Ludwig van Beethoven (baptized 17 December 1770 – 26 March 1827) was a German composer and pianist. A crucial figure in the transition between the Classical and Romantic eras in Western art music, he remains one of the most famous and influential of all composers. His best known compositions include 9 symphonies, 5 concertos for piano, 32 piano sonatas, and 16 string quartets. He also composed other chamber music, choral works (including the celebrated Missa Solemnis), and songs.
This is an energetic and well played performance and Mark Obert-Thorn has done marvellously well with the transfer. I love the “Pastoral” of all symphonies and to be able to hear this recording from seventy years ago in very tolerable sound is wonderful. I must say that for the general listener the recording from 1960 on Sony is in better sound and indeed a better performance. The Columbia Symphony Orchestra was in fact the Los Angeles Philharmonic Orchestra. There is another recording from 1946 from Philadelphia but I haven’t heard it in a decent transfer.(David R Dunsmore)
In February 2001 Abbado and the BPO were guests at the Accademia Nazionale di Santa Cecilia in Rome to perform the Beethoven symphonies. For these, Abbado chose to use a new edition by Jonathan del Mar, which consists of existing manuscripts, and "corrections by Beethoven," which gave the conductor the opportunty to "throw new light on his reading, which takes a consistent and lucid approach to articulation, phrasing and dynamics." The conductor elected to use fewer strings, reducing the bass group in symphonies 1, 2, 4 and 8 to only three double basses and four cellos. He also uses only two horns in symphony 5, three in symphony 3. The result is an uncommonly transparent listening experience. And the performances are spirited to say the least, no dawdling here whatever. There always is a forward impetus to these dynamic performances which are magnificently executed by the orchestra.
Havergal Brian’s extraordinary late creativity is almost unparalleled in musical history. Between the completion of Symphony No. 6 in 1948 and the end of his compositional life two decades later he wrote 26 symphonies. No. 6 marks a crucial point in his adoption of more concise forms and economy of expression in its single-movement span, a process taken even further in the brief but free polyphonic fantasia of No. 31. In Symphonies Nos. 28 and 29 Brian turned to the classical four-movement model but one which is wholly and idiosyncratically re-imagined. The intensity and even savagery of No. 28 is balanced by No. 29, Brian’s most lyrical late work.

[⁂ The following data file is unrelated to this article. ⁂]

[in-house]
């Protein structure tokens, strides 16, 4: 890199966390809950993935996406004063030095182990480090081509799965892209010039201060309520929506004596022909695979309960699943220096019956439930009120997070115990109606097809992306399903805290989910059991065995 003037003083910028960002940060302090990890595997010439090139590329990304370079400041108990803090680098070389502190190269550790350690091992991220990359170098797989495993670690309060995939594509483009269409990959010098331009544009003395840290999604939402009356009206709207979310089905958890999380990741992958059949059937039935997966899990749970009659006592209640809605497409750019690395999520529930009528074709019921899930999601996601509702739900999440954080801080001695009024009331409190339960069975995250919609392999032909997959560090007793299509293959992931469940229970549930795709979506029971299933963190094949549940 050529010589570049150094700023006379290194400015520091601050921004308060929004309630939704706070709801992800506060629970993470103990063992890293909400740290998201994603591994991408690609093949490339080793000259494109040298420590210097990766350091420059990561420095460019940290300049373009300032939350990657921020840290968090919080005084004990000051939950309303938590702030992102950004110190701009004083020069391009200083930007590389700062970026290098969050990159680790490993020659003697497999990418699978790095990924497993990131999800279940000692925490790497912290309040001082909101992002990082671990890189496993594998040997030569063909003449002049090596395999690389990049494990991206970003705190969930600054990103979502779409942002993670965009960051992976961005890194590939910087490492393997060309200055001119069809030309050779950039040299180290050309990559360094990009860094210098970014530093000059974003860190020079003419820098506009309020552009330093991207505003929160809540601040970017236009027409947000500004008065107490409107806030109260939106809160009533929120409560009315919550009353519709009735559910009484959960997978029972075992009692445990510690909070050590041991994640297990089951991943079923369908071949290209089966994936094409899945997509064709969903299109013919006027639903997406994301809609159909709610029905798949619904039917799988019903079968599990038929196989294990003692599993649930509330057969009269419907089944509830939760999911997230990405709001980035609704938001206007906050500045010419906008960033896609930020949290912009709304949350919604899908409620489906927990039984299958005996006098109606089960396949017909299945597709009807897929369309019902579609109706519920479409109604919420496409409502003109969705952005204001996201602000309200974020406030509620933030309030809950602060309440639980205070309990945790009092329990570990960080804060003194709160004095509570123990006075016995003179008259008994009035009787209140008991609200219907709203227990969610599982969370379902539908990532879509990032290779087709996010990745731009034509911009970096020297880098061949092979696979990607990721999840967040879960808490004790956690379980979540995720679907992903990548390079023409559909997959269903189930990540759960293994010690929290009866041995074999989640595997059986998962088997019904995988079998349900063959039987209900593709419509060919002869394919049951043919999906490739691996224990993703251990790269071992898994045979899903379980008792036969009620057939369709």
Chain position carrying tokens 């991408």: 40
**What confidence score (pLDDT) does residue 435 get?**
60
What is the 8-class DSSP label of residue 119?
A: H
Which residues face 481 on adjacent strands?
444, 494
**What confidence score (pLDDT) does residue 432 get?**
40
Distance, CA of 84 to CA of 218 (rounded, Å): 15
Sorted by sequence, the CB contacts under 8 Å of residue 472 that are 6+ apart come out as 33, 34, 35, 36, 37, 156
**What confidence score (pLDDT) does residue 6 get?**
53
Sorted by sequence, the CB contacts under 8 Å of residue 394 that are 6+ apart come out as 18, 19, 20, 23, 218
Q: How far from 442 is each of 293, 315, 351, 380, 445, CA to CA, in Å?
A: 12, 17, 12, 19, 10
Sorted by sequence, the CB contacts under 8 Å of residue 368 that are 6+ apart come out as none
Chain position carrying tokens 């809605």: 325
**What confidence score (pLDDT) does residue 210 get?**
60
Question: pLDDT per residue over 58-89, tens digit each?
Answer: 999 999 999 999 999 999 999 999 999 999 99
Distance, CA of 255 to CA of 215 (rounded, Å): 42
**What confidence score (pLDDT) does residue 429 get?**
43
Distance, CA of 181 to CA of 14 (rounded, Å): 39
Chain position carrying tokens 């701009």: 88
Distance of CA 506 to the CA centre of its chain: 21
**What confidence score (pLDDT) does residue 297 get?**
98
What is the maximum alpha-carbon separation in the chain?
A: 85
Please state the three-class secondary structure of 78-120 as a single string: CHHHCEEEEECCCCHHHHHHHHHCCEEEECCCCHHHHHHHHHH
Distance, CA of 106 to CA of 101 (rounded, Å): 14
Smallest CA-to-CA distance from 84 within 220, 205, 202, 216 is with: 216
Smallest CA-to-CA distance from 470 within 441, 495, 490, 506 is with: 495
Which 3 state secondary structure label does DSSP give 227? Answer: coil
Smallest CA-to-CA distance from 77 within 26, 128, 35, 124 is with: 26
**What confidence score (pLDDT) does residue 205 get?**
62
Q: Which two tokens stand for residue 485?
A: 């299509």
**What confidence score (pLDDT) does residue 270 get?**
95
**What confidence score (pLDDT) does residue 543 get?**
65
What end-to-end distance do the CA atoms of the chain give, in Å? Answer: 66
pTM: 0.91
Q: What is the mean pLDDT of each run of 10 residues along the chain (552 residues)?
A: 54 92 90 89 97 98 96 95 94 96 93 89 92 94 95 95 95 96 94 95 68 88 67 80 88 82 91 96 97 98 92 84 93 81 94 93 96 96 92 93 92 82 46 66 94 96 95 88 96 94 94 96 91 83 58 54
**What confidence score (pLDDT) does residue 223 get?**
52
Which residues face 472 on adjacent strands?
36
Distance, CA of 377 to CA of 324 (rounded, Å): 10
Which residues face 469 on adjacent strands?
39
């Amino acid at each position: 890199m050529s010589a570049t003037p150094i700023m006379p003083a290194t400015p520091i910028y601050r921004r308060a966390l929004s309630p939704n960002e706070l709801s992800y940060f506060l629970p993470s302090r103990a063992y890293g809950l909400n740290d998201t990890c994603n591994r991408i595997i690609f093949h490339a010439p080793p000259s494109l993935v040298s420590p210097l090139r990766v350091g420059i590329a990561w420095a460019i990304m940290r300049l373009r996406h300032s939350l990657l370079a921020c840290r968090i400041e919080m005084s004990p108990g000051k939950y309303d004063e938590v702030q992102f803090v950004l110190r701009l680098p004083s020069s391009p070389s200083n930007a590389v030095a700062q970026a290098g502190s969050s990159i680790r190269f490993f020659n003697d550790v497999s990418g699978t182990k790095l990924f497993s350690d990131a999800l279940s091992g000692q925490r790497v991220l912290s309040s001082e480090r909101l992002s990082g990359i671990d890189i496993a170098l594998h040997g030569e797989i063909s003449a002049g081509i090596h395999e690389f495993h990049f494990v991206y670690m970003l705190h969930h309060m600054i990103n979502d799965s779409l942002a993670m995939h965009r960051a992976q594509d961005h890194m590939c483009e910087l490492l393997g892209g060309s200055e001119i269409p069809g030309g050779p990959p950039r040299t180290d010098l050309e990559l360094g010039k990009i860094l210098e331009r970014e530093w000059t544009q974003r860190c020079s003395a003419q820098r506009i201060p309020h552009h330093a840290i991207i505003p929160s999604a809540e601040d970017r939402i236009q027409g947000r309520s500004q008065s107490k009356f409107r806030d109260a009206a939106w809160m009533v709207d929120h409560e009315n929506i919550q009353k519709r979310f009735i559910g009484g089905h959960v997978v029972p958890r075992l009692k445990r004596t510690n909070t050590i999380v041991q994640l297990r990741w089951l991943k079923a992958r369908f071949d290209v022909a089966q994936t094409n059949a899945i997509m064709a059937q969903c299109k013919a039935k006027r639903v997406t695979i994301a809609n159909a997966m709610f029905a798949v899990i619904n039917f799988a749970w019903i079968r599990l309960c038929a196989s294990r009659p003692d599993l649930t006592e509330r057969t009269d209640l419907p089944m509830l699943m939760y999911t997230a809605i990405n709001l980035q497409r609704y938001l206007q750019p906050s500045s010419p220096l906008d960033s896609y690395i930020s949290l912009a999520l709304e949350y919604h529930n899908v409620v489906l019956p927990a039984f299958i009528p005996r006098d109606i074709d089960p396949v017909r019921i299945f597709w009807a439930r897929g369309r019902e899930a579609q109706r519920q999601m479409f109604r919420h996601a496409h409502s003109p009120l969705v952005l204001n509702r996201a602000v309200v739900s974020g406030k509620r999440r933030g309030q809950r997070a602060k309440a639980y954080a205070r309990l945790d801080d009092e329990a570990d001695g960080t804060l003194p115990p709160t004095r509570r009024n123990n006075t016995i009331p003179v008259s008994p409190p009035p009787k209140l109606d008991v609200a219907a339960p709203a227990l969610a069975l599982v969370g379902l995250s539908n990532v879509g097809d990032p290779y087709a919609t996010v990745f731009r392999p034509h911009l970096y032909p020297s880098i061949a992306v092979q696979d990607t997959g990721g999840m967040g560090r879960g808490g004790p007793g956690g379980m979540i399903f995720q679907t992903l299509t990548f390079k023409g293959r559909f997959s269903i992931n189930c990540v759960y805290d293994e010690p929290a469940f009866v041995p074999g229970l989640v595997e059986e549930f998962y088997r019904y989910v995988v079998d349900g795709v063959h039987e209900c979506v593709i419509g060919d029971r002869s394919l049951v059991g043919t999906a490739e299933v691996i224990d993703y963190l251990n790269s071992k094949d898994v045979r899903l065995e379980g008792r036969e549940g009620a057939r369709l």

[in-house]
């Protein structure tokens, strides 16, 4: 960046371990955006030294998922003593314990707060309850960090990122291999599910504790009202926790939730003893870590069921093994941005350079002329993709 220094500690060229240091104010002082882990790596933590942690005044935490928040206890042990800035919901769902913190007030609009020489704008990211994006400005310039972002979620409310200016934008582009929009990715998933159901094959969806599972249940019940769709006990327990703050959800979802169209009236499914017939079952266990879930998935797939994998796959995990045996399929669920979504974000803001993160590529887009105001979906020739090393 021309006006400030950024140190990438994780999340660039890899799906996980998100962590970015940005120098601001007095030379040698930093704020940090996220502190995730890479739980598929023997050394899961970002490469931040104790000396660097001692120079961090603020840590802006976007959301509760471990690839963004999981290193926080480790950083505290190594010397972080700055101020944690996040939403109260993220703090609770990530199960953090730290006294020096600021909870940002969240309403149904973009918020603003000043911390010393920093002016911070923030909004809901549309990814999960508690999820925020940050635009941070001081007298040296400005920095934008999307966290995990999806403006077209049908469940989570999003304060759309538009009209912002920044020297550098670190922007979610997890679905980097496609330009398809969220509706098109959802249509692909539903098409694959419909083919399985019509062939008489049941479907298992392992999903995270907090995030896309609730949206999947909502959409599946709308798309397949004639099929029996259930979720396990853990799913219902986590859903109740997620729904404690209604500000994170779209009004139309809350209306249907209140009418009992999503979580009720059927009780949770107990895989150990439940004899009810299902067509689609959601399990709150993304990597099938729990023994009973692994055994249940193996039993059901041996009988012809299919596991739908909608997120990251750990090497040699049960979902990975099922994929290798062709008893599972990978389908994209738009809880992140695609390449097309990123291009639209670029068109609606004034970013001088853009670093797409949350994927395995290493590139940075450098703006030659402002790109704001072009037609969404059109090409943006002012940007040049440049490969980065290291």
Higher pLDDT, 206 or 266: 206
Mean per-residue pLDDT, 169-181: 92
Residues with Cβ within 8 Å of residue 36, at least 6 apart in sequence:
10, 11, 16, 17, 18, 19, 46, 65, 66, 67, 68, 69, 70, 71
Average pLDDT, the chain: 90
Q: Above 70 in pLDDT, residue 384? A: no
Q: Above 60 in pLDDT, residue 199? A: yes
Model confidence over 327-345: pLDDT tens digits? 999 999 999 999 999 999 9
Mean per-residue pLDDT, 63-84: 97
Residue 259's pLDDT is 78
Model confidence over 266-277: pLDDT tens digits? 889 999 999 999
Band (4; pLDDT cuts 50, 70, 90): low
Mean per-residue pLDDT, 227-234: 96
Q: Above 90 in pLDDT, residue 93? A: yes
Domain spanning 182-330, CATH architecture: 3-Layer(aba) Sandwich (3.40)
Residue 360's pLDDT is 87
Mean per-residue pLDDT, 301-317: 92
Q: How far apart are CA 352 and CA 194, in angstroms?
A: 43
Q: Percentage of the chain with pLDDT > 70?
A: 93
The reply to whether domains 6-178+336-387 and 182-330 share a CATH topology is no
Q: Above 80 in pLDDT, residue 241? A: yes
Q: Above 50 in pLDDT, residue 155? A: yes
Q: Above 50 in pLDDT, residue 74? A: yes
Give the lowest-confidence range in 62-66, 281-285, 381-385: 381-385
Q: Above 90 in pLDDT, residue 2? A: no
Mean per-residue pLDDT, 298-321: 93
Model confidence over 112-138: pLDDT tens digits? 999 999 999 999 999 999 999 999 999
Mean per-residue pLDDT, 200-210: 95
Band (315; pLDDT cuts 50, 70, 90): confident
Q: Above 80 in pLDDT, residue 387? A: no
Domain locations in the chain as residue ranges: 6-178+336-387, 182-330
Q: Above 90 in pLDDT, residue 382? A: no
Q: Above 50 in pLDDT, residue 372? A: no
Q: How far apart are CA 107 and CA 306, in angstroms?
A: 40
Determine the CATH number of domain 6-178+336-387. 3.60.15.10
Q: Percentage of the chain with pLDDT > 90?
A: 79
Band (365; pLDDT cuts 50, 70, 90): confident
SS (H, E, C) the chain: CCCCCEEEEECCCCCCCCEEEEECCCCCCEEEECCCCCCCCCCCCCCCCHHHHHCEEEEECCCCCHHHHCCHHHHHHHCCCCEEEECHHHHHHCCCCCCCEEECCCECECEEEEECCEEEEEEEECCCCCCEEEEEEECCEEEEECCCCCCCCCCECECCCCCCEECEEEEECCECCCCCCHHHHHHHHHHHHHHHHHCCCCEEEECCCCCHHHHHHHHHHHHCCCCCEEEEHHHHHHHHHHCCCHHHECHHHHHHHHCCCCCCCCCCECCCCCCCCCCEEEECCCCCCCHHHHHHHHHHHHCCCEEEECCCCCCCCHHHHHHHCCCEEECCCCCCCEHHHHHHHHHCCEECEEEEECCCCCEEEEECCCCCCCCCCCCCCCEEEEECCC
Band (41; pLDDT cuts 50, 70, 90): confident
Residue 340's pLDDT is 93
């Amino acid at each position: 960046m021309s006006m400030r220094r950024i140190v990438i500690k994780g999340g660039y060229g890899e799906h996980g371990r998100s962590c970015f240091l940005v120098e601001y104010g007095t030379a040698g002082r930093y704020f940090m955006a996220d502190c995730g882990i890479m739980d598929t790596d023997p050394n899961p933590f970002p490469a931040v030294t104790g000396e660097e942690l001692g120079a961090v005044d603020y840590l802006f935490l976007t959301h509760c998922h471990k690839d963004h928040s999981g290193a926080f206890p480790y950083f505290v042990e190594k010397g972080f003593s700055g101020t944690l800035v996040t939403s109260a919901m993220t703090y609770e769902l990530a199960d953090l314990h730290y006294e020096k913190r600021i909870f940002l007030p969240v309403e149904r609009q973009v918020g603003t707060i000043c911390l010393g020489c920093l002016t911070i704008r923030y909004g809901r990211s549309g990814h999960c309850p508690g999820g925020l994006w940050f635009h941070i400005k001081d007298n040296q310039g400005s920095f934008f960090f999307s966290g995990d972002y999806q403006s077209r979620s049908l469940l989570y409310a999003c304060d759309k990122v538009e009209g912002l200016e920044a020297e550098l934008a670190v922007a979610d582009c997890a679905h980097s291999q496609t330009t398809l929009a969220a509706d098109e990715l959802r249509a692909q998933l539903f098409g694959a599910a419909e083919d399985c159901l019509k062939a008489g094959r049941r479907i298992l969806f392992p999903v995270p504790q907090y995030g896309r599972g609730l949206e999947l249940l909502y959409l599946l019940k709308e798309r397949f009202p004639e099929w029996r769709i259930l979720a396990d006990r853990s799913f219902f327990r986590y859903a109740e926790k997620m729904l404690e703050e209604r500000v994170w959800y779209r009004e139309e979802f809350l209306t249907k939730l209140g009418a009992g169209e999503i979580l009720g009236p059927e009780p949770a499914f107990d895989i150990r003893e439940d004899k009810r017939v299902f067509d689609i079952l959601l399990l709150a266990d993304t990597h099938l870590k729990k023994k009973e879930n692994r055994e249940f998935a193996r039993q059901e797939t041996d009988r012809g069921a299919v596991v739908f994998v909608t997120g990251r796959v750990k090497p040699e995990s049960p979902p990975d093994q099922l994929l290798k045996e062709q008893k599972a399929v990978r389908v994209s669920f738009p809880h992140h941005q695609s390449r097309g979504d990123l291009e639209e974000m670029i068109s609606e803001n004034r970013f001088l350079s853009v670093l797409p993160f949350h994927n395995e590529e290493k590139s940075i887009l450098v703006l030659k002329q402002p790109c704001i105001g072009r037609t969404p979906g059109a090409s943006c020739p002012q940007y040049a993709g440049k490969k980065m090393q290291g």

This DVD is a fascinating document of a great conductor and orchestra playing two of the most underrated of Shostakovich's symphonies in 1985 and 1986 concerts in Vienna's Musikverein. In his spoken preface to the Sixth Symphony, Bernstein says he wants to "right a wrong"–the "wrong" being the work's reputation as unstructured lightweight piece. The Haydnesque Ninth, despite idiosyncratically slow tempos is light and humorous, its sardonic touches here relished by Bernstein.
The Vienna Philharmonic isn't the ideal band for Shostakovich but Bernstein makes them play beyond their natural inclinations; here they lack only a bit more vulgarity in the brass and percussion to be fully idiomatic. The net result is a pair of deeply felt, emotionally powerful performances. Extras include Bernstein's cogent spoken prefaces to the works.
The sound and picture on these DVDs are excellent; the sound is truly comparable to a well-recorded CD. The soundtrack is available both in stereo and also an excellent 5.1 Dolby mix. The disks have a set of program notes and a biography of von Karajan.
For those who own either box, these DVDs are self-recommending. Other listeners may rest assured that there are many reasons to acquire this set.
Abbado has been the most successful of contemporary conductors of Beethoven symphony cycles at blending period and modern orchestra performance practices. Where Barenboim is the staunch traditionalist, unafraid to appear to be reactionary in his single-mindedness, Haitink is the centrist, as ever, and Rattle is the pragmatist, picking and choosing (and not always successfully, in the final analysis), Abbado brings to the richness of the modern ensemble the brisk tempos and fresh-sounding spirit of the period-instrument movement.